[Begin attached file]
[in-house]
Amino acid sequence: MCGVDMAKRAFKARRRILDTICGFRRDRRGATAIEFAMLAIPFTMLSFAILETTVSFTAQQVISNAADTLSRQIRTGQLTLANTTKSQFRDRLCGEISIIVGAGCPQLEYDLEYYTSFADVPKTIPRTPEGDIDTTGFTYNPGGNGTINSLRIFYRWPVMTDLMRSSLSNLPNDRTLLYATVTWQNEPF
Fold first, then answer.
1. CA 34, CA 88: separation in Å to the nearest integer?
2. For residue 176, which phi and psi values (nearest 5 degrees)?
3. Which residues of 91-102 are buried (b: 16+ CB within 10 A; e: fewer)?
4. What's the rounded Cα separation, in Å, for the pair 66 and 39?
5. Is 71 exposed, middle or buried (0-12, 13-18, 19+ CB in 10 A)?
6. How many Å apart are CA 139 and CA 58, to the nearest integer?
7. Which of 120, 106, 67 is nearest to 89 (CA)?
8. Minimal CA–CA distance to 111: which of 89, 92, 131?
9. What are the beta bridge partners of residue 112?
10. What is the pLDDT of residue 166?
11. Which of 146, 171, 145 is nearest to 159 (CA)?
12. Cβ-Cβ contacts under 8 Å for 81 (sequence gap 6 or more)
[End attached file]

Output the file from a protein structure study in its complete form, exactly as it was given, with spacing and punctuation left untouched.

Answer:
[in-house]
Amino acid sequence: MCGVDMAKRAFKARRRILDTICGFRRDRRGATAIEFAMLAIPFTMLSFAILETTVSFTAQQVISNAADTLSRQIRTGQLTLANTTKSQFRDRLCGEISIIVGAGCPQLEYDLEYYTSFADVPKTIPRTPEGDIDTTGFTYNPGGNGTINSLRIFYRWPVMTDLMRSSLSNLPNDRTLLYATVTWQNEPF
Fold first, then answer.
1. CA 34, CA 88: separation in Å to the nearest integer?
2. For residue 176, which phi and psi values (nearest 5 degrees)?
3. Which residues of 91-102 are buried (b: 16+ CB within 10 A; e: fewer)?
4. What's the rounded Cα separation, in Å, for the pair 66 and 39?
5. Is 71 exposed, middle or buried (0-12, 13-18, 19+ CB in 10 A)?
6. How many Å apart are CA 139 and CA 58, to the nearest integer?
7. Which of 120, 106, 67 is nearest to 89 (CA)?
8. Minimal CA–CA distance to 111: which of 89, 92, 131?
9. What are the beta bridge partners of residue 112?
10. What is the pLDDT of residue 166?
11. Which of 146, 171, 145 is nearest to 159 (CA)?
12. Cβ-Cβ contacts under 8 Å for 81 (sequence gap 6 or more)